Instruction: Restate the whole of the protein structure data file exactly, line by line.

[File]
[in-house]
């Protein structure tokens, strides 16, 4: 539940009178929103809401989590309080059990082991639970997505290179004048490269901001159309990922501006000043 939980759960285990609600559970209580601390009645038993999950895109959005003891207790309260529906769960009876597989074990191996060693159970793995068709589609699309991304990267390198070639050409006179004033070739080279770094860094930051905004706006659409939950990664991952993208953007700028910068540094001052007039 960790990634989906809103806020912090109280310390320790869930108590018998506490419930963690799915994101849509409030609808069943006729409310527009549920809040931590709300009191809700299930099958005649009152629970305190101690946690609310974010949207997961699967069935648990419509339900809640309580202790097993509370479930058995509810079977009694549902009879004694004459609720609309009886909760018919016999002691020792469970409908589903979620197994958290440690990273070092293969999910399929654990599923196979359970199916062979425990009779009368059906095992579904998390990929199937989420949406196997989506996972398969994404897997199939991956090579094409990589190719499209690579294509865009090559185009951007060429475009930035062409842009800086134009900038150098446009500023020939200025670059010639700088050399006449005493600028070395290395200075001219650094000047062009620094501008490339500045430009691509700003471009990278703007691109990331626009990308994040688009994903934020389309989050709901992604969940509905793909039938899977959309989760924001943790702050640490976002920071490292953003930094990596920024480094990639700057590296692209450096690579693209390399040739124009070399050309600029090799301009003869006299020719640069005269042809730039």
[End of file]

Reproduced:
[in-house]
């Protein structure tokens, strides 16, 4: 539940009178929103809401989590309080059990082991639970997505290179004048490269901001159309990922501006000043 939980759960285990609600559970209580601390009645038993999950895109959005003891207790309260529906769960009876597989074990191996060693159970793995068709589609699309991304990267390198070639050409006179004033070739080279770094860094930051905004706006659409939950990664991952993208953007700028910068540094001052007039 960790990634989906809103806020912090109280310390320790869930108590018998506490419930963690799915994101849509409030609808069943006729409310527009549920809040931590709300009191809700299930099958005649009152629970305190101690946690609310974010949207997961699967069935648990419509339900809640309580202790097993509370479930058995509810079977009694549902009879004694004459609720609309009886909760018919016999002691020792469970409908589903979620197994958290440690990273070092293969999910399929654990599923196979359970199916062979425990009779009368059906095992579904998390990929199937989420949406196997989506996972398969994404897997199939991956090579094409990589190719499209690579294509865009090559185009951007060429475009930035062409842009800086134009900038150098446009500023020939200025670059010639700088050399006449005493600028070395290395200075001219650094000047062009620094501008490339500045430009691509700003471009990278703007691109990331626009990308994040688009994903934020389309989050709901992604969940509905793909039938899977959309989760924001943790702050640490976002920071490292953003930094990596920024480094990639700057590296692209450096690579693209390399040739124009070399050309600029090799301009003869006299020719640069005269042809730039």